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2014 - A year to forget for Indian Test cricket

3.18K   //    01 Jan 2015, 18:05 IST
India’s victory at Lord’s was one of the rare highs of 2014

“It’s been a great year! Thanks for being a part of it.”

People familiar with Facebook will easily recognize this line as this is what your profile page says for the year 2014. I was wondering if there was a Facebook page dedicated for the Indian Test team, what would it say about the year 2014? With three Test series losses and a record that reads as Tests played – 9, Won – 1, Lost – 6, Drawn – 2, it was anything but great.  

Add to it the fact that India’s Test ranking slipped down from No.2 to No.6 (only above New Zealand, West Indies, Bangladesh & Zimbabwe) and the year slowly starts sounding like dismal. In social media lingo, the only event which would get likes or shares would be the victory against England at Lord’s (which happened after a gap of 28 years).

Transition Phase

In the team’s defence, the 3 Test tours were all difficult and the team was still in a transition phase. It was trying to find replacements for the once-famed middle-order – ‘The Fab Four’. The bowling too did not have a settled look. It was also the first year in a long time when the Indian dressing room was without the last surviving member of the fab four: Sachin Tendulkar. For a team which has historically been known as poor travellers, all this was too much to cope up with.

The year had begun not too badly for the Indians. The team lost a close contest in the first Test match against New Zealand and managed a draw in the second. After the New Zealand series came the much-awaited tour of England. Here again, the start was not disappointing. After a draw in the first match, India pulled off a brilliant victory at Lord’s.

The script for a “great year” seemed to be going in the right direction. But the loss at Lord’s was too much to take for England, and they bounced back soon. In no time, India lost three consecutive matches by huge margins and with that the series. The next Test assignment was Down Under in Australia, and it began well when India almost managed to chase down 360 odd runs in the fourth innings in Adelaide. But then we lost the next Test match and barely managed to hold on to a draw in the third.

Bowling remains a concern

So, was it just a case of lost opportunities or has the Indian team performed really poorly in Tests throughout the year? I am sorry to say that it has been a case of poor performance only with few instances of individual brilliance.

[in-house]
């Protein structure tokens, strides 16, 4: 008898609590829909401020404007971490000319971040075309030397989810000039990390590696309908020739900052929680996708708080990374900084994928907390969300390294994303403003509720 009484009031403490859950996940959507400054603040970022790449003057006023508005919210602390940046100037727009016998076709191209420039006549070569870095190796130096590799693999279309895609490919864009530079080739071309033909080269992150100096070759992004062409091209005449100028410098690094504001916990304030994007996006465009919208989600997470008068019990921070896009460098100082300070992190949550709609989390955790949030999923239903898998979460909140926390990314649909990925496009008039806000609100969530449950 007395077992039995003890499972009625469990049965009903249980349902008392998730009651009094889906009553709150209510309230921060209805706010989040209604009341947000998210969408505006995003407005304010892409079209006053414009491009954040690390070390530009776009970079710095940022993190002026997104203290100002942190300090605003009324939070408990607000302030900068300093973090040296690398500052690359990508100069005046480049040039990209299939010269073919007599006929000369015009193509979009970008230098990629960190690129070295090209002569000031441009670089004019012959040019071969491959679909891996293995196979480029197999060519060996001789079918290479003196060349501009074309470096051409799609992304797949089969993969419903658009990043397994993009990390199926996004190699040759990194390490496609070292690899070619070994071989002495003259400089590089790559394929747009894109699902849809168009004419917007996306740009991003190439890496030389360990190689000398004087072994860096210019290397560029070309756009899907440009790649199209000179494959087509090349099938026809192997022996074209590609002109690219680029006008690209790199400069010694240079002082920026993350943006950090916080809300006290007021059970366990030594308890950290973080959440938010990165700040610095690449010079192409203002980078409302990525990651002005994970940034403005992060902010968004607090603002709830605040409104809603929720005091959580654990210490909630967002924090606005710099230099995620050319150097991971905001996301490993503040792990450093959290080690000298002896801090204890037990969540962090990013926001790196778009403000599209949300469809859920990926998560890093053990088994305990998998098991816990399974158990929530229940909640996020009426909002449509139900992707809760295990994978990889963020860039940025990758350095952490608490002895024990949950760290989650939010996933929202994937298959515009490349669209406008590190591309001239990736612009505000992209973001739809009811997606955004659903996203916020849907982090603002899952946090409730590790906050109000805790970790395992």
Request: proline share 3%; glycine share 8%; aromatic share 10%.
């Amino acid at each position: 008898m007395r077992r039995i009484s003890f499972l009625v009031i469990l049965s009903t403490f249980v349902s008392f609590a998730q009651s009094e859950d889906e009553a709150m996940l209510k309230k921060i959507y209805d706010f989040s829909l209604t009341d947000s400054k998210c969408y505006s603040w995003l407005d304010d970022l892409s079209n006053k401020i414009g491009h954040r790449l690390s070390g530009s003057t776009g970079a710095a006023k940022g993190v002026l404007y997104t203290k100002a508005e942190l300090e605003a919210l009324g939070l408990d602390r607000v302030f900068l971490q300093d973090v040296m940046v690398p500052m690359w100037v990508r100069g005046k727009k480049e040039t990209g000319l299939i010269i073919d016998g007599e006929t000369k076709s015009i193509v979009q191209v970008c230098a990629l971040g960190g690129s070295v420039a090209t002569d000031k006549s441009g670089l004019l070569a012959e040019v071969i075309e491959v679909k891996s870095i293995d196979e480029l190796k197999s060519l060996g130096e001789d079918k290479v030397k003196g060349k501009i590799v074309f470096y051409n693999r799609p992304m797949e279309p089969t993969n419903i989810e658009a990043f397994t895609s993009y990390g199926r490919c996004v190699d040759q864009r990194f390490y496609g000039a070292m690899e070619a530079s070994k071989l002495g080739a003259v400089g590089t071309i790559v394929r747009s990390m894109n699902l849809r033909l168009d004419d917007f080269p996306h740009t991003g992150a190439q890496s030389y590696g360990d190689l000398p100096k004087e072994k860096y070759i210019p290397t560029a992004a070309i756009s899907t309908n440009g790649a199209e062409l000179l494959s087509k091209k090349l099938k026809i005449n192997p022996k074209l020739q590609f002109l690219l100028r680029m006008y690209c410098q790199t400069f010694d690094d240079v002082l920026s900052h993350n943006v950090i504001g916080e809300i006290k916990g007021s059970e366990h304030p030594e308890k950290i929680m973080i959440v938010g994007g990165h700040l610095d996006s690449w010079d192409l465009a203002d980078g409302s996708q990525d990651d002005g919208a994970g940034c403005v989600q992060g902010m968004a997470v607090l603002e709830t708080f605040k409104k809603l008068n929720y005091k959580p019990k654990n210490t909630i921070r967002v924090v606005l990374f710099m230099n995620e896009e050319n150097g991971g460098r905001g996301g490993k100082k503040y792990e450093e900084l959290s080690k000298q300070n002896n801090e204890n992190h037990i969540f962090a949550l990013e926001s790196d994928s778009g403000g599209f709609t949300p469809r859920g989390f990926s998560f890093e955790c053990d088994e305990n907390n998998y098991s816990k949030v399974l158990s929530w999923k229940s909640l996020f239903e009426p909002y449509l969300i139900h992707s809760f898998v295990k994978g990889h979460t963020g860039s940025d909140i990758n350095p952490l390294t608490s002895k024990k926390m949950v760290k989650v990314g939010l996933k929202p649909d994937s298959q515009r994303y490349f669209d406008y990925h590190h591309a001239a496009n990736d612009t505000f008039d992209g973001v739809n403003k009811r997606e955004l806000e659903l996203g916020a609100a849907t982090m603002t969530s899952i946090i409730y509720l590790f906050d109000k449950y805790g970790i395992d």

In many of the matches, the batting has collapsed which has led to losses, but the bowling also has been ineffective for most parts to say the least. Cricket experts always say that it is the bowlers who win you Test matches and the harsh reality is that India does not have bowlers who can take 20 wickets consistently.

India’s match winner at Lord’s and their most experienced bowler currently, Ishant Sharma, has been good only in patches and there is no one else to lead the attack. Mohammed Shami and Umesh Yadav have shown some promise, but they are very new to the Test arena. Once considered the land of spinners, India is failing to find quality spinners who can perform outside the subcontinent. Ravichandran Ashwin’s performance outside home is currently miles short of what one would expect from the lead spin bowler.


The road ahead

As I write this piece, news has come in that Indian captain MS Dhoni has announced his retirement from Test cricket, and he will be replaced by Virat Kohli. Kohli has shown promise in the few matches that he has led. So I hope that this change brings in some good results. Come the 4th Test against Australia at Sydney, his captaincy will be severely tested without doubt. His own good form will be a factor which will work in his favour. But apart from that, there is a laundry list of worries.

Batting is not that much a worry with promising players like Ajinkya Rahane, Cheteswar Pujara & Murali Vijay. It is the bowling department that Kohli has to sort out. With a comeback path looking difficult for old war horses like Zaheer Khan & Harbhajan Singh, it will be up to him to either fine tune the Shamis and Yadavs of the world or find some new talent from domestic cricket.

I wish him all the best for the New Year and hope that I will not have any hesitation in writing at the end of 2015 – “It’s been a great year! Thanks for being a part of it”.

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